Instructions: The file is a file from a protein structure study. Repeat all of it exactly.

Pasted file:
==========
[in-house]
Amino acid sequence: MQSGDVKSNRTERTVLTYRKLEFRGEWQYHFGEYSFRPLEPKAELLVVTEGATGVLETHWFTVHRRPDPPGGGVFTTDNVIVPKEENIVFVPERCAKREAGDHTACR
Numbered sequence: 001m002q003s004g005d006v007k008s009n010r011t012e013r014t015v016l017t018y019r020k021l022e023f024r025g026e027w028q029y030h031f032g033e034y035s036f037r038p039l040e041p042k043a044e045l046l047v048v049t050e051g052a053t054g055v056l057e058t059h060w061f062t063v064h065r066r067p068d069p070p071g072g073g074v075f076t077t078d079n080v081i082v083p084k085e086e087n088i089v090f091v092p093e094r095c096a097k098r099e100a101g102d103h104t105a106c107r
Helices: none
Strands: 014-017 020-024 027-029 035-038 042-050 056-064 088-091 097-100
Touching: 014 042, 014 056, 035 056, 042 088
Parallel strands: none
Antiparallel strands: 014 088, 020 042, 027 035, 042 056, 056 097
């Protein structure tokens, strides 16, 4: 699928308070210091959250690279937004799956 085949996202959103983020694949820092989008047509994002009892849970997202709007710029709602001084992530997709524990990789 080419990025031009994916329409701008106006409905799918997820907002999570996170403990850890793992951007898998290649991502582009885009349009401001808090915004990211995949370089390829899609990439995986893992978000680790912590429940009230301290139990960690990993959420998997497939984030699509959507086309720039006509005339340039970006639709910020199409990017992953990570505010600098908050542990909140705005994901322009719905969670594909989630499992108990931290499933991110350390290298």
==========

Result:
[in-house]
Amino acid sequence: MQSGDVKSNRTERTVLTYRKLEFRGEWQYHFGEYSFRPLEPKAELLVVTEGATGVLETHWFTVHRRPDPPGGGVFTTDNVIVPKEENIVFVPERCAKREAGDHTACR
Numbered sequence: 001m002q003s004g005d006v007k008s009n010r011t012e013r014t015v016l017t018y019r020k021l022e023f024r025g026e027w028q029y030h031f032g033e034y035s036f037r038p039l040e041p042k043a044e045l046l047v048v049t050e051g052a053t054g055v056l057e058t059h060w061f062t063v064h065r066r067p068d069p070p071g072g073g074v075f076t077t078d079n080v081i082v083p084k085e086e087n088i089v090f091v092p093e094r095c096a097k098r099e100a101g102d103h104t105a106c107r
Helices: none
Strands: 014-017 020-024 027-029 035-038 042-050 056-064 088-091 097-100
Touching: 014 042, 014 056, 035 056, 042 088
Parallel strands: none
Antiparallel strands: 014 088, 020 042, 027 035, 042 056, 056 097
């Protein structure tokens, strides 16, 4: 699928308070210091959250690279937004799956 085949996202959103983020694949820092989008047509994002009892849970997202709007710029709602001084992530997709524990990789 080419990025031009994916329409701008106006409905799918997820907002999570996170403990850890793992951007898998290649991502582009885009349009401001808090915004990211995949370089390829899609990439995986893992978000680790912590429940009230301290139990960690990993959420998997497939984030699509959507086309720039006509005339340039970006639709910020199409990017992953990570505010600098908050542990909140705005994901322009719905969670594909989630499992108990931290499933991110350390290298």